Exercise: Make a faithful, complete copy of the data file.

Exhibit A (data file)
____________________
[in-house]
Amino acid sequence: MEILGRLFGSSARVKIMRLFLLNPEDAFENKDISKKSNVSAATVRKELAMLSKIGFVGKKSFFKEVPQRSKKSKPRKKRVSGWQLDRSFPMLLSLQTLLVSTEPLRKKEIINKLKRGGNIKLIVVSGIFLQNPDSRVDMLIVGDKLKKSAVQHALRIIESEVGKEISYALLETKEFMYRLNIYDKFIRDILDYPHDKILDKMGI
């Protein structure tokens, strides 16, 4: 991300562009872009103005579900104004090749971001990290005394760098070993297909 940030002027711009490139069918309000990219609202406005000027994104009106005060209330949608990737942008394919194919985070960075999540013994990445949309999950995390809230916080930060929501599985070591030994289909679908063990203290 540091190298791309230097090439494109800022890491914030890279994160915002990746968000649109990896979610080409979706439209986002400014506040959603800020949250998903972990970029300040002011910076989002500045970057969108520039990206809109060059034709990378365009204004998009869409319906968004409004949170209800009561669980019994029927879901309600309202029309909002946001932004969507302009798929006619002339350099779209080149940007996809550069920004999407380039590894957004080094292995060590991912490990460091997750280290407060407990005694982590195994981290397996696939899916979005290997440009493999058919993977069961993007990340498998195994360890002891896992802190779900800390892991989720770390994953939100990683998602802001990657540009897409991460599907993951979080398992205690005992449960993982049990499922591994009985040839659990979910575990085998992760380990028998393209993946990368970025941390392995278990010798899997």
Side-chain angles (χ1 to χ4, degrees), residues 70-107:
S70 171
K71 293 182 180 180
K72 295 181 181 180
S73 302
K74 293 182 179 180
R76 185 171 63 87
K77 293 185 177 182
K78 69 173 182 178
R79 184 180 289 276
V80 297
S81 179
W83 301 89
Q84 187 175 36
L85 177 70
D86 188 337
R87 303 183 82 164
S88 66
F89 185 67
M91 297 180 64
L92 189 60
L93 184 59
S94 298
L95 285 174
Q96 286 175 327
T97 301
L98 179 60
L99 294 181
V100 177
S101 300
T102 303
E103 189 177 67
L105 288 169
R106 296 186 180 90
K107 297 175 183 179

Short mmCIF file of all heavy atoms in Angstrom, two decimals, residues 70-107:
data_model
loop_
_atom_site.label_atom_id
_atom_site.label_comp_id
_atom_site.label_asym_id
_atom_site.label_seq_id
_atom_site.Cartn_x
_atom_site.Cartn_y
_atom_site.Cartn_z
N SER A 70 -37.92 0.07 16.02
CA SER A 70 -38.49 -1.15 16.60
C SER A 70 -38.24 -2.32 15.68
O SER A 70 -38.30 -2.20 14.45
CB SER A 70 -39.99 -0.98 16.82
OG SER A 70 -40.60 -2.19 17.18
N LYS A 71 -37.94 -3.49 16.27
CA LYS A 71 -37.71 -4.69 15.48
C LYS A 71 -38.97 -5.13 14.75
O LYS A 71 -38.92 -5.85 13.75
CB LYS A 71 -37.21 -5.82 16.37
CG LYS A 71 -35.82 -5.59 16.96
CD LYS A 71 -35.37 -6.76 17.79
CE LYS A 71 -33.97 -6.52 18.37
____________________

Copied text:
[in-house]
Amino acid sequence: MEILGRLFGSSARVKIMRLFLLNPEDAFENKDISKKSNVSAATVRKELAMLSKIGFVGKKSFFKEVPQRSKKSKPRKKRVSGWQLDRSFPMLLSLQTLLVSTEPLRKKEIINKLKRGGNIKLIVVSGIFLQNPDSRVDMLIVGDKLKKSAVQHALRIIESEVGKEISYALLETKEFMYRLNIYDKFIRDILDYPHDKILDKMGI
């Protein structure tokens, strides 16, 4: 991300562009872009103005579900104004090749971001990290005394760098070993297909 940030002027711009490139069918309000990219609202406005000027994104009106005060209330949608990737942008394919194919985070960075999540013994990445949309999950995390809230916080930060929501599985070591030994289909679908063990203290 540091190298791309230097090439494109800022890491914030890279994160915002990746968000649109990896979610080409979706439209986002400014506040959603800020949250998903972990970029300040002011910076989002500045970057969108520039990206809109060059034709990378365009204004998009869409319906968004409004949170209800009561669980019994029927879901309600309202029309909002946001932004969507302009798929006619002339350099779209080149940007996809550069920004999407380039590894957004080094292995060590991912490990460091997750280290407060407990005694982590195994981290397996696939899916979005290997440009493999058919993977069961993007990340498998195994360890002891896992802190779900800390892991989720770390994953939100990683998602802001990657540009897409991460599907993951979080398992205690005992449960993982049990499922591994009985040839659990979910575990085998992760380990028998393209993946990368970025941390392995278990010798899997």
Side-chain angles (χ1 to χ4, degrees), residues 70-107:
S70 171
K71 293 182 180 180
K72 295 181 181 180
S73 302
K74 293 182 179 180
R76 185 171 63 87
K77 293 185 177 182
K78 69 173 182 178
R79 184 180 289 276
V80 297
S81 179
W83 301 89
Q84 187 175 36
L85 177 70
D86 188 337
R87 303 183 82 164
S88 66
F89 185 67
M91 297 180 64
L92 189 60
L93 184 59
S94 298
L95 285 174
Q96 286 175 327
T97 301
L98 179 60
L99 294 181
V100 177
S101 300
T102 303
E103 189 177 67
L105 288 169
R106 296 186 180 90
K107 297 175 183 179

Short mmCIF file of all heavy atoms in Angstrom, two decimals, residues 70-107:
data_model
loop_
_atom_site.label_atom_id
_atom_site.label_comp_id
_atom_site.label_asym_id
_atom_site.label_seq_id
_atom_site.Cartn_x
_atom_site.Cartn_y
_atom_site.Cartn_z
N SER A 70 -37.92 0.07 16.02
CA SER A 70 -38.49 -1.15 16.60
C SER A 70 -38.24 -2.32 15.68
O SER A 70 -38.30 -2.20 14.45
CB SER A 70 -39.99 -0.98 16.82
OG SER A 70 -40.60 -2.19 17.18
N LYS A 71 -37.94 -3.49 16.27
CA LYS A 71 -37.71 -4.69 15.48
C LYS A 71 -38.97 -5.13 14.75
O LYS A 71 -38.92 -5.85 13.75
CB LYS A 71 -37.21 -5.82 16.37
CG LYS A 71 -35.82 -5.59 16.96
CD LYS A 71 -35.37 -6.76 17.79
CE LYS A 71 -33.97 -6.52 18.37